ANDRA Fastlane ANDRA_FASTLANE24 - Page 15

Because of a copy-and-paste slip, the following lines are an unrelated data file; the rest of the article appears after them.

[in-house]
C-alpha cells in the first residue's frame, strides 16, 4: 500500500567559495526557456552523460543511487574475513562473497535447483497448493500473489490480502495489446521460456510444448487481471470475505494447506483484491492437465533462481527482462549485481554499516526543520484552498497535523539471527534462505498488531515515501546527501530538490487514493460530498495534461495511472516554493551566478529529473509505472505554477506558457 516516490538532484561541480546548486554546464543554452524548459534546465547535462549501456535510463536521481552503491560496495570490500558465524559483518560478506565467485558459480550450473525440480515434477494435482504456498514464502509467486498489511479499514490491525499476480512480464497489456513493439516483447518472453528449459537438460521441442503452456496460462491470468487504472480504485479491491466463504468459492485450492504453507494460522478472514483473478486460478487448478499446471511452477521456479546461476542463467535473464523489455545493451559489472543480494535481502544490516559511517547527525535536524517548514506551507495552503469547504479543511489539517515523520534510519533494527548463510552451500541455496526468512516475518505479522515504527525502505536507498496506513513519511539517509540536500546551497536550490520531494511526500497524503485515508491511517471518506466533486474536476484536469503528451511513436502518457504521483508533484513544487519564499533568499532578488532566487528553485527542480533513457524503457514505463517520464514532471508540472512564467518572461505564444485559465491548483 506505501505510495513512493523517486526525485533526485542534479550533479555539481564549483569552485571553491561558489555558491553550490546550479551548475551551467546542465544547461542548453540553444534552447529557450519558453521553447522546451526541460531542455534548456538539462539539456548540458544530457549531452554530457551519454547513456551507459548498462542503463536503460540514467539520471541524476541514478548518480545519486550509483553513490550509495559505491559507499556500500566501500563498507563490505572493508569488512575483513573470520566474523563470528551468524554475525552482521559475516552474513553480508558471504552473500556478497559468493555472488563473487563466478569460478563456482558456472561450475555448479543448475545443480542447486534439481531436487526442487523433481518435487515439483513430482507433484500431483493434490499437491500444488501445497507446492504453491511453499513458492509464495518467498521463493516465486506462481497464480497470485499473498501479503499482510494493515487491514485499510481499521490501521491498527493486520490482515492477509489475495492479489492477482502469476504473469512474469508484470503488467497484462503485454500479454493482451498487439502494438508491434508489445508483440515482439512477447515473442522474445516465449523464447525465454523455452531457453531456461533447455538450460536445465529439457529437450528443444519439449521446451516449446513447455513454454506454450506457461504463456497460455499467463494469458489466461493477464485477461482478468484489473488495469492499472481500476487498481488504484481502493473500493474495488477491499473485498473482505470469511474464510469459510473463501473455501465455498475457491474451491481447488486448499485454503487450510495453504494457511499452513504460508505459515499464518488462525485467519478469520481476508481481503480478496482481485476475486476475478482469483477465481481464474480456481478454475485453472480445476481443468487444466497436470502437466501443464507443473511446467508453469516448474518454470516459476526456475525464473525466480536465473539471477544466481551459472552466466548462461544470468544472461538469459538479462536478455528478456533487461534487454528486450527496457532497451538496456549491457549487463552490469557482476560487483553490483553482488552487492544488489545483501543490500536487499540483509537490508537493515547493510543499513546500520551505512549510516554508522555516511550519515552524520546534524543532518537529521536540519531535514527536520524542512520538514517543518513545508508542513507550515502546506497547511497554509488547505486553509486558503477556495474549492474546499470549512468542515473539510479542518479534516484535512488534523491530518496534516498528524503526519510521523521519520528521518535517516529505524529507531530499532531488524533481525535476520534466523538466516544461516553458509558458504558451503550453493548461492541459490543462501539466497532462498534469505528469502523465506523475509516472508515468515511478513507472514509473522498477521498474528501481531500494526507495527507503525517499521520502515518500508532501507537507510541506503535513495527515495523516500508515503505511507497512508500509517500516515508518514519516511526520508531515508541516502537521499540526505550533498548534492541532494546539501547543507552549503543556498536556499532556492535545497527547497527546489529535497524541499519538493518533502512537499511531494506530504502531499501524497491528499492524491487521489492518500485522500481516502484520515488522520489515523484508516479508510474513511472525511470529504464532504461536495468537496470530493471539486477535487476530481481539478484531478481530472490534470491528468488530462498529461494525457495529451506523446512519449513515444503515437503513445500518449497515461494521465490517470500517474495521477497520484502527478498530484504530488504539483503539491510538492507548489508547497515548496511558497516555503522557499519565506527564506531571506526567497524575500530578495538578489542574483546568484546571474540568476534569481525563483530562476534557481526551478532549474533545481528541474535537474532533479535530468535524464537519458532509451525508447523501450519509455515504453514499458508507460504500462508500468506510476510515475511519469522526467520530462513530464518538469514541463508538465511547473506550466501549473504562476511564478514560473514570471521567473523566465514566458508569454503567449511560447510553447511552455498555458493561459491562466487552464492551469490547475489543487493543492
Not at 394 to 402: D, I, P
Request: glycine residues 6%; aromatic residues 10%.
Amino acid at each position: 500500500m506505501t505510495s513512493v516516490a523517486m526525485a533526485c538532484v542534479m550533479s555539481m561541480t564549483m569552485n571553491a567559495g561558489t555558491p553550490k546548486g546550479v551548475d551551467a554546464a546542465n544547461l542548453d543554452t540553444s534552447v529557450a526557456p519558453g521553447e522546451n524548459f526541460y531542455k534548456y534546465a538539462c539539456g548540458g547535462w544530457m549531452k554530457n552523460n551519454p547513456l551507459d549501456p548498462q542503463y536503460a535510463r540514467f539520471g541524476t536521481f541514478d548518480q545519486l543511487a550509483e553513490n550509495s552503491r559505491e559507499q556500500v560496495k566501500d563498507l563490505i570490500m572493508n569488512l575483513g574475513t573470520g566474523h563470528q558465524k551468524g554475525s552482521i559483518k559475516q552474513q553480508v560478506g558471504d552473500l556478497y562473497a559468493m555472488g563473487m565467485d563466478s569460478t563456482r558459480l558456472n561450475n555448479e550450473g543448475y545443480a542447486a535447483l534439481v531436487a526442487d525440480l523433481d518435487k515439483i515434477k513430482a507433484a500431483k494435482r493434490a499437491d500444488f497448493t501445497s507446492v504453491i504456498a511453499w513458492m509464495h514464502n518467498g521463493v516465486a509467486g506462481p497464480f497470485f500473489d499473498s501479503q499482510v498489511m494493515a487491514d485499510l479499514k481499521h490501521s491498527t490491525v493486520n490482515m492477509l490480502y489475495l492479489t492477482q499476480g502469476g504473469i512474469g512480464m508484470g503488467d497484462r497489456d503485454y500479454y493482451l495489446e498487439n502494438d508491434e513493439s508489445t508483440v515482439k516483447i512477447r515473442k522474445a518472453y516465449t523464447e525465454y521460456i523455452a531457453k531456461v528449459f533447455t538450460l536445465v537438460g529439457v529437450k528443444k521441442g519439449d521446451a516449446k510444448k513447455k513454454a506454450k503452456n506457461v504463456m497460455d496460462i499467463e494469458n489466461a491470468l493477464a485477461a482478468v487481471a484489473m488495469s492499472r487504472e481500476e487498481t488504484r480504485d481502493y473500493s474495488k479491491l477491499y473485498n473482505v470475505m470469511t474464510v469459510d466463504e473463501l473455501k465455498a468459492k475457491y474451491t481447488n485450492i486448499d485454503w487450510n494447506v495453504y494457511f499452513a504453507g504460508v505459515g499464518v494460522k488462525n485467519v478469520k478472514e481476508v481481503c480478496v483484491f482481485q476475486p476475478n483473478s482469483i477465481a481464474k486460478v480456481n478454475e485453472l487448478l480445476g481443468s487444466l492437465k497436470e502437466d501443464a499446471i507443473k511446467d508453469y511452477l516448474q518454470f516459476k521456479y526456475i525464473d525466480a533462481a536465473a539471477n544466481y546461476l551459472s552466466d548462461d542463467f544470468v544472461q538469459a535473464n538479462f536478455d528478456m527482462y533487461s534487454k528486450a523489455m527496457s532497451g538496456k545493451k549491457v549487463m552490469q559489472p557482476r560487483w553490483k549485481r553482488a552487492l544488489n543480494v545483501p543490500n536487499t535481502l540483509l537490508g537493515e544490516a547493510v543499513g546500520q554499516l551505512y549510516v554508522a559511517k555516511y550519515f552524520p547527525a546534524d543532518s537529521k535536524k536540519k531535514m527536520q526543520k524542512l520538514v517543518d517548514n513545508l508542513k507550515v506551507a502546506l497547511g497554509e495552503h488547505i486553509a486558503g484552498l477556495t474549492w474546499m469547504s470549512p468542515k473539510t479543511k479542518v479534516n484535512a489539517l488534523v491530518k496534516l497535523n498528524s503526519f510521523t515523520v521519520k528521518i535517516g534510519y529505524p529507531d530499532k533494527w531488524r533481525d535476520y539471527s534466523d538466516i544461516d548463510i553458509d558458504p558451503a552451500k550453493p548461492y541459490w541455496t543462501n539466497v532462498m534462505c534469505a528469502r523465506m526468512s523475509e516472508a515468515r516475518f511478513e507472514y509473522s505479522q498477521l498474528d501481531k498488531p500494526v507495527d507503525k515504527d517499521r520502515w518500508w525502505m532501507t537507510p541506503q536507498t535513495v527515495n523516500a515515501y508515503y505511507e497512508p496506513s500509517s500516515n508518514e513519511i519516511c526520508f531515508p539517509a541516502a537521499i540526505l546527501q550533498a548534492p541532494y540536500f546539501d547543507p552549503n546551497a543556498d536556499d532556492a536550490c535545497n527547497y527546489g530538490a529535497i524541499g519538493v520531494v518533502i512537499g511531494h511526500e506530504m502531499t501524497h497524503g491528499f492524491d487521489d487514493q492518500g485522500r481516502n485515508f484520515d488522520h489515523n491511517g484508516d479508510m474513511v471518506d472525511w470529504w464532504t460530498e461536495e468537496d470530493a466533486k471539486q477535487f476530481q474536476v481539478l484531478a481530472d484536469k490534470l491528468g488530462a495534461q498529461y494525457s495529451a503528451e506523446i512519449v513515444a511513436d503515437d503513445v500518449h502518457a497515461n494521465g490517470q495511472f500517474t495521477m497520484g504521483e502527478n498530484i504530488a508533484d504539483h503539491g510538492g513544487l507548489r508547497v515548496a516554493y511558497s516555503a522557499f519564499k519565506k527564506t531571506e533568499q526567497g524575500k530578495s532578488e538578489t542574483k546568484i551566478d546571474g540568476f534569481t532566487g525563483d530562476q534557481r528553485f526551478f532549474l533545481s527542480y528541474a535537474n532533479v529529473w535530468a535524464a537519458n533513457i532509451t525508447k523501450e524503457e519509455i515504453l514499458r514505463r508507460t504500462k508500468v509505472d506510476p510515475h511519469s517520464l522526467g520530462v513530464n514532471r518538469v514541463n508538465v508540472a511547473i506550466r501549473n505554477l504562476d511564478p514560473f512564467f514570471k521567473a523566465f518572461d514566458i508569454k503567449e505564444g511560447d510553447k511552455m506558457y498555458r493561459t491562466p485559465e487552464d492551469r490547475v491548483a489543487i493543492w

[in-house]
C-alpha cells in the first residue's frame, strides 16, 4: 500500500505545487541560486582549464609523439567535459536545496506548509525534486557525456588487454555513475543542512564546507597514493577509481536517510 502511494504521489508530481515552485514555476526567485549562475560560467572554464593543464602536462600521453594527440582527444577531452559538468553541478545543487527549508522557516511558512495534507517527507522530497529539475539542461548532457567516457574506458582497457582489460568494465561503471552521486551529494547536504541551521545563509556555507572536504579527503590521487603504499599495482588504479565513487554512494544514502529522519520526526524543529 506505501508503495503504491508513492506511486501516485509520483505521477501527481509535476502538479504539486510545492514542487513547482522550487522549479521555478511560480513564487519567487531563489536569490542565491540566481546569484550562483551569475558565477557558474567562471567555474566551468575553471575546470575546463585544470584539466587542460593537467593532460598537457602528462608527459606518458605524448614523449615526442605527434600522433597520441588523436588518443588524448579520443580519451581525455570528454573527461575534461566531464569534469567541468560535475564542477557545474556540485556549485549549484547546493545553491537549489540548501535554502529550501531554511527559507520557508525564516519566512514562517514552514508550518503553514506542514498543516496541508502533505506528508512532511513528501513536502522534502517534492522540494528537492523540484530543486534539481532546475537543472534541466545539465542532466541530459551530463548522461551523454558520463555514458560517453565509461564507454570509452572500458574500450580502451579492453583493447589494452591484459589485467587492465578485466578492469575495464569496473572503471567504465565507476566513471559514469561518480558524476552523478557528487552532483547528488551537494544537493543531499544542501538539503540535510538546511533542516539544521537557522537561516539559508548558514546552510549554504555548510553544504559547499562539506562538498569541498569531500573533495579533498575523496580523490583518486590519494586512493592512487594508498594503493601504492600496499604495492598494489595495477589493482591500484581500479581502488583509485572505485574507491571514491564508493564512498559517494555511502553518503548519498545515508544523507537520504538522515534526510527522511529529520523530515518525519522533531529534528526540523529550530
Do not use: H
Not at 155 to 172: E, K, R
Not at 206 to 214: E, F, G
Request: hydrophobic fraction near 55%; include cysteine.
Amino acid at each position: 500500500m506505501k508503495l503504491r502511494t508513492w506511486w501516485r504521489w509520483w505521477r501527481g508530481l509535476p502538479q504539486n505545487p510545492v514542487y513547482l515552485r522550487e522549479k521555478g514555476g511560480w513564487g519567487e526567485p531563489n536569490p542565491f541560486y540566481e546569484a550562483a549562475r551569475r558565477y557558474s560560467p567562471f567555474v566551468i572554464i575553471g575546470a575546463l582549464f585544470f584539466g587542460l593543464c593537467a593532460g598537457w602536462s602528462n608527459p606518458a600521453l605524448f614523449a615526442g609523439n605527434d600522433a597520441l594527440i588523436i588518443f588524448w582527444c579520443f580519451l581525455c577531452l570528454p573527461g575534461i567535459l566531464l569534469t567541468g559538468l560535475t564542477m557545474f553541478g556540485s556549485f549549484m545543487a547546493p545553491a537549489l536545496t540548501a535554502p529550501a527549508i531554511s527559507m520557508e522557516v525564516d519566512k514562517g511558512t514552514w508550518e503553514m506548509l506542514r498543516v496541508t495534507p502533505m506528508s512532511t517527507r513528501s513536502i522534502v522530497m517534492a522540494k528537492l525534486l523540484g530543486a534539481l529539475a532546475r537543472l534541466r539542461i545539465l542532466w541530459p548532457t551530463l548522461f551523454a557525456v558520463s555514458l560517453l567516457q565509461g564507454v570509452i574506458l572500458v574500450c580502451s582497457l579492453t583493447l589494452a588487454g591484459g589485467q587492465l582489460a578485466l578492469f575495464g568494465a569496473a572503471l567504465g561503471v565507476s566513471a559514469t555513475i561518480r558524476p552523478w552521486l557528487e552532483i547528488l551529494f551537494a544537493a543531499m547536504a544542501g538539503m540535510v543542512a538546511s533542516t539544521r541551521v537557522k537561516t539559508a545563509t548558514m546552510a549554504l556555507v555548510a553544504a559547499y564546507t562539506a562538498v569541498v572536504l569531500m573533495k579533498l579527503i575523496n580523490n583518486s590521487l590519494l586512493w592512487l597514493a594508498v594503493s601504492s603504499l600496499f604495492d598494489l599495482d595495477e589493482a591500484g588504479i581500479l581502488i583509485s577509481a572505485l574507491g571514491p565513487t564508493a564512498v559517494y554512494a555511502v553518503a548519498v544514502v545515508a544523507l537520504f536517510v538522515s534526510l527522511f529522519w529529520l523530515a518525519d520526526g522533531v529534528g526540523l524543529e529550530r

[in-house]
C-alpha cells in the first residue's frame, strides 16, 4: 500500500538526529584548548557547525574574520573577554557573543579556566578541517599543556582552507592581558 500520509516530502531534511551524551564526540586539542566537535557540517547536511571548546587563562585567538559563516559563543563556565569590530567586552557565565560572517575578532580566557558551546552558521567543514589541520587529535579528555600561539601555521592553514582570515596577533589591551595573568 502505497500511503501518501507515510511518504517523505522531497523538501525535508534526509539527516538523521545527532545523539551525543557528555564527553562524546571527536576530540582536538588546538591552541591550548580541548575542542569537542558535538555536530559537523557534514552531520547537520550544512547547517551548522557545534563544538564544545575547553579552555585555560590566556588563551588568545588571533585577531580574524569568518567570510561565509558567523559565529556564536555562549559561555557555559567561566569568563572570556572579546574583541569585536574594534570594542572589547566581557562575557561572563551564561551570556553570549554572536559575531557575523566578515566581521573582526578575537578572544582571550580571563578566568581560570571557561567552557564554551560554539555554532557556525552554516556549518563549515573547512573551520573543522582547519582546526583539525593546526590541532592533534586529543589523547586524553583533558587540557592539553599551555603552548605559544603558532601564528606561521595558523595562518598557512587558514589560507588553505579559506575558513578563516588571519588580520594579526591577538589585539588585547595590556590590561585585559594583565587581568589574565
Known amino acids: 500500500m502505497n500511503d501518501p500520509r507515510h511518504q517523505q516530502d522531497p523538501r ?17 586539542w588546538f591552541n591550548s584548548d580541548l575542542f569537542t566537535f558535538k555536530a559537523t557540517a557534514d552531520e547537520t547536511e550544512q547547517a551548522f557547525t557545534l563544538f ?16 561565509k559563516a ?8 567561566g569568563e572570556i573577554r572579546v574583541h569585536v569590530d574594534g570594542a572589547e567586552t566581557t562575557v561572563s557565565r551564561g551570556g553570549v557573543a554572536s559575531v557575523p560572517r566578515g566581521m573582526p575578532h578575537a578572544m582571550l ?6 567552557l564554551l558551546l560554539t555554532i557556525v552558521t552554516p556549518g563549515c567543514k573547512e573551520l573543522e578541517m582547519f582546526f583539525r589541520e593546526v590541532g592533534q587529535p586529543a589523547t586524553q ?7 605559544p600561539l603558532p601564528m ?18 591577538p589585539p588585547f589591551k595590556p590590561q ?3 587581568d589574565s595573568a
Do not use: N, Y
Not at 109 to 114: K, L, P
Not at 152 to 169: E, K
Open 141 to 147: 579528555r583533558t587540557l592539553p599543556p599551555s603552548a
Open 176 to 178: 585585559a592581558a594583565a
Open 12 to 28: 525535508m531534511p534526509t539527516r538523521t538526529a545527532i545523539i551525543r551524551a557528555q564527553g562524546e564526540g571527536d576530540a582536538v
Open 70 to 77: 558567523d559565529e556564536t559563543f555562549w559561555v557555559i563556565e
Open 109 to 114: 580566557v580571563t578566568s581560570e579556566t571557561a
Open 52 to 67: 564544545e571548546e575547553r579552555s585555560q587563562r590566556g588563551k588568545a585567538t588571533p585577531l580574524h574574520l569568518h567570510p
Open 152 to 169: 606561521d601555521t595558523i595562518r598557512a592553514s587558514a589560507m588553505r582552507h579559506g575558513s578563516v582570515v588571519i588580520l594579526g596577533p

torque Everyone seems to have a different opinion when it comes to tyre pressure. Sure, tyre pressure varies from car to car, but according to chassis builder Jerry Bickel, there are some basic guidelines you can follow. Bickel notes this information is for tyres designed for drag racing and that street car radial tyres will react differently. He also notes the temperature of the track surface definitely affects how much heat you have to put into the tyres – and we’ll get to that too. Here are his insights: Adjusting Front Tyre Pressure Bickel always starts with the front tyres. “The more air you run in your front tyres, the quicker your car will lift out of the staging beams, but don’t exceed the tyre manufacturer’s maximum recommendation,” he explained. “This can help your reaction times and reduces rolling resistance. “One exception to the high front tyre pressure rule has to do with irregular track surfaces. Hard inflated tyres may jump off a bump and cause some loss of directional control. Lowering the tyre pressure a couple of pounds will often help minimise this problem. You can expect slightly higher driver reaction times and increased rolling resistance as a result of this adjustment.” Adjusting Rear Tyre Pressure Tyre pressure for your slicks is dependent on the weight of the car, the tyre type (radial or bias ply) and the wheel rim width, amongst other things. Bickel offers this advice: “The wider the rim, the more tyre inflation pressure you need. The narrower the rim, the less inflation pressure you need. With flexible sidewall drag slicks, the normal pressure range is 4-12 PSI. Check with your tyre supplier and talk to some successful racers in your class to find a good starting point,” he said. “Drag slick inflation pressure must